Surviving Motherhood--September 1966 by Erma Bombeck.
I have discovered that one of the rich rewards of motherhood is casting maledictions on your children in the event they become parents. It's a unique way of saying, "Just wait, kid . . . you're gonna get yours."
One of my earliest recollections of this tribal custom dates back to my childhood when one day I was nailed in the act of throwing mud balls at Mother's corset flapping on the clothesline.
Enraged, my mother shook her fists at me and yelled, "May all your children have ingrown toenails!" Observing that didn't shake me, she added a bonus. "And may your tears be so salty you spit brine for a week!"
I'm not saying I fully comprehended all this, but from her tone I sensed she wasn't wishing me a happy birthday. I noticed Grandma talked this way too. Sometimes when Mother had had a bad day Grandma would smile, rather pleased with herself, and say, "I told you, Missy, if you made your bed of thorns, you'd have to walk through it in your bare feet."
Or when she really wanted to sink Mother, she'd say, "Didn't I predict that lip of yours would grow so long you'd have to take a tuck in it?"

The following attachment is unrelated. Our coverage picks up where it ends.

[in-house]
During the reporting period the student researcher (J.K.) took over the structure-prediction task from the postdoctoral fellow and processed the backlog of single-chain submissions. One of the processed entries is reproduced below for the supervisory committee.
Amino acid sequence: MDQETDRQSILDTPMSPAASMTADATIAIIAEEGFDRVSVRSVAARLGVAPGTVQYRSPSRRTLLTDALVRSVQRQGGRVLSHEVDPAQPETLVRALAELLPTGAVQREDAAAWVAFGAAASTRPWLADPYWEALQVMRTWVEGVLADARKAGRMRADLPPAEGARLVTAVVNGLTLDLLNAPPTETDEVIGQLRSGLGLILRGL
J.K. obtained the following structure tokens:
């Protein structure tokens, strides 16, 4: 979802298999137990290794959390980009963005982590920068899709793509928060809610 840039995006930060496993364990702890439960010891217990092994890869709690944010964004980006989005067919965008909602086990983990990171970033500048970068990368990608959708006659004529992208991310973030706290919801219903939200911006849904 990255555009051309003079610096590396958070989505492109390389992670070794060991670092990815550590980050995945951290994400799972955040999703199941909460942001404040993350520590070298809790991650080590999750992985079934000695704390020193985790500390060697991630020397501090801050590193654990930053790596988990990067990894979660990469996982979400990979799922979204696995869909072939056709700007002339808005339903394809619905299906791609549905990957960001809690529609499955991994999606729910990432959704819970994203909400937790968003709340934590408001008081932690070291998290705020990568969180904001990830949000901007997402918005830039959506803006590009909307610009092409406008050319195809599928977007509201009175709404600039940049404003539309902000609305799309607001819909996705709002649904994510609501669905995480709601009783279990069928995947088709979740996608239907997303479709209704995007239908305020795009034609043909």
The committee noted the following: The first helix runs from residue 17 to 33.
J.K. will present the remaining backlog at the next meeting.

Throughout childhood, the words of wisdom continued to flow until I felt like I was living with a couple of hollow-eyed gypsies. Words of encouragement, like "May you have a wart on your nose on your wedding day and heartburn on your honeymoon." Or, "Take care, missy, little girls who sass their mothers live to see their best friends chalk dirty words on their tombstones."
None of this made much sense until I had children of my own. Now, casting curses on my children is a way of life. It's the most comforting way I know to get rid of all my anxieties, hostilities and frustrations.
And the beauty is that the kids don't comprehend a word I'm saying.
I have one that's a real teaser. I just drop my shoulders, let my arms fall limp to my sides and nod my head tiredly. I don't say anything at first until I am sure I have their attention. Then I say, "Wait . . . just wait . . . until you're a mother." (Occasionally, my son, who is very bright for 11, will remind me he's a boy and only the female species bear their young, but he gets the message. I know he does.)
Casting curses isn't the easiest thing in the world. To work up to a pitch you need incentive, like the other day when I found a pile of dirty socks stuffed in the Erector set box.
I yelled at the top of my voice, "I hope you have identical twins . . . two weeks apart! May your patio face southwest. May your father belch loudly at the father-son banquet. May you have a rainbow over your playpen!"
When they get home from school, I'll think of some more.